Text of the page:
If there's good news about cancer, it's that since its peak in 1991 in the United States, death rates have fallen by 20 percent.
The bad news? The American Cancer Society projects that an estimated 1.6 million new cancer diagnoses will be made this year in the U.S., and 580,000 Americans will die of the disease.
In an effort to eventually bring down these numbers, the cancer society is launching a massive prevention trial called Cancer Prevention Study-3, or CPS-3.
Organizers visited Sacramento last week to start recruiting large numbers of local volunteers to participate in a nationwide grass-roots effort to learn more about the causes of cancer.
The study's 300,000 or more participants will be in it for the long haul – 20 to 30 years of surveys to fill out every few years, recording their lifestyle habits, environmental factors and genetics.
Study subjects will have to agree to get their blood drawn and stored, have their waistlines measured and fill out a detailed baseline survey for the American Cancer Society's Department of Epidemiology and Surveillance Research.
Cancer society officials said the length and breadth of the study will produce useful information for researchers trying to crack the code of cancer prevention.
"This is research that is controlled – a sound, solid study to find out the links between behavior and cancer," said Brian Shaw, a cancer society representative who presented his case to about 25 people gathered in Sacramento last week for sign-up information.
This is the third large-scale cancer-prevention study the American Cancer Society has launched in more than six decades.
The first, CPS-1, was conducted in the 1950s. It is credited for making the link between smoking and lung cancer, resulting in the original surgeon general's warning against tobacco use.
The second, CPS-2, discovered the cause-and-effect relationship between obesity and cancer.
Moon Chen is a professor and associate director of Population Research and Cancer Disparities at the UC Davis Comprehensive Cancer Center. Chen said the three CPS studies, each tracking hundreds of thousands of people, offer invaluable bodies of research that cannot be uncovered in clinical trials.
"CPS-3 is a very important study," Chen said. "This is the opportunity to study people as they are, living where they live.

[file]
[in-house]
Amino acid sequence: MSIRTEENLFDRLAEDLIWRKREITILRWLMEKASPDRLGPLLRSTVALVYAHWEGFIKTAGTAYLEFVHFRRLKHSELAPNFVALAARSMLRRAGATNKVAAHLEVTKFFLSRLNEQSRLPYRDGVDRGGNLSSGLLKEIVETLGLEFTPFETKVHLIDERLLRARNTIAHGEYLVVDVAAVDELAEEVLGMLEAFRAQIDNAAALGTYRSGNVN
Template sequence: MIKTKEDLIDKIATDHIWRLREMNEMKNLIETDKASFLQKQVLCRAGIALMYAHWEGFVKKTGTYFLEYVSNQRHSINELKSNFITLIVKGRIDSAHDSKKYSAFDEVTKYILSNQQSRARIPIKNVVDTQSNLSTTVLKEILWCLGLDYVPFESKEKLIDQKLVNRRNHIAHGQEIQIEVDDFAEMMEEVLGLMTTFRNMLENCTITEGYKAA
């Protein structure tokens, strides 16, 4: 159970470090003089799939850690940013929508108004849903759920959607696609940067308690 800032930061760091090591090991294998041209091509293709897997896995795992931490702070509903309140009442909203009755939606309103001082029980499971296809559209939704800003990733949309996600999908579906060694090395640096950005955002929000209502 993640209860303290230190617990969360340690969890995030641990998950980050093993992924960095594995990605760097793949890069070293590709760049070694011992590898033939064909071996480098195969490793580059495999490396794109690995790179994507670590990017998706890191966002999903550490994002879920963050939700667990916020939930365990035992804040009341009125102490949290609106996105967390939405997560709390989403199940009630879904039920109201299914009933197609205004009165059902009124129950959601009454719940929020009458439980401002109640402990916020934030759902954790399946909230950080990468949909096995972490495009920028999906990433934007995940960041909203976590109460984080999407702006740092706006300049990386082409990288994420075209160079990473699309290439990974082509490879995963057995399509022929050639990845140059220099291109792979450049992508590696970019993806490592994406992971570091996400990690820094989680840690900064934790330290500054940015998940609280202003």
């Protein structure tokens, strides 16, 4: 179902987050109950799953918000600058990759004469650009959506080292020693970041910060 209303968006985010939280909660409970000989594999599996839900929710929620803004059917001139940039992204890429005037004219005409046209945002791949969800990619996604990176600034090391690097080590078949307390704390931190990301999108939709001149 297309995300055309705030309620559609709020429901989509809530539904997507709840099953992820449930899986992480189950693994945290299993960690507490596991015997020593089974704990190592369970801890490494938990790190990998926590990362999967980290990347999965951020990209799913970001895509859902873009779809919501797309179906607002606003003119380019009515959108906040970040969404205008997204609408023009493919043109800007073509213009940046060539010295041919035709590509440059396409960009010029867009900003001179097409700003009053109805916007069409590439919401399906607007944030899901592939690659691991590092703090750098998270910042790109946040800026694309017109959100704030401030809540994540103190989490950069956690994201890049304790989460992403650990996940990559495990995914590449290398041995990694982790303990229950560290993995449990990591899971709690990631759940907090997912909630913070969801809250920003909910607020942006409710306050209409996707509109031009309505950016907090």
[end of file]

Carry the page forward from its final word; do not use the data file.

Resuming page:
"To study living human populations – as opposed to using laboratory situations and rats where there are so many artificial controls – makes CPS-3 very valuable in tracking real-world living conditions," Chen said. "And including so many people of diverse backgrounds makes this a true American study."
Recruiters are looking for a diverse population of people age 30 to 65 who have never had a cancer diagnosis to sign up for CPS-3.
The reason for the age range, officials said, is that people younger than 30 may not have had enough life experiences to report, and those older than 65 may not remember details well enough to establish a baseline survey.
One person poised to sign up at last week's Sacramento meeting was Linda Krugman, 56, of Sacramento's Arden Park neighborhood. Krugman lost her father, a physician, to pancreatic cancer, one of the deadliest types of the disease. The disease has also touched others in her life.
"I have a couple of friends with breast cancer. My ex-brother-in-law's sister died of breast cancer," Krugman said. "My brother-in-law lost his mother to colon cancer."
Lizette McKinley of Sacramento is a two-year breast cancer survivor who was fortunate enough to have the disease detected at its earliest phase. She joined the presentation to encourage people to commit to the prevention study.
"If you could prevent even one other person or family member from having cancer by taking part in this study, it's more than worth it," McKinley said.
For those wishing to participate, information is available at www.cancer.org/cps3. The website lists a number of locations where people can enroll April 10-20.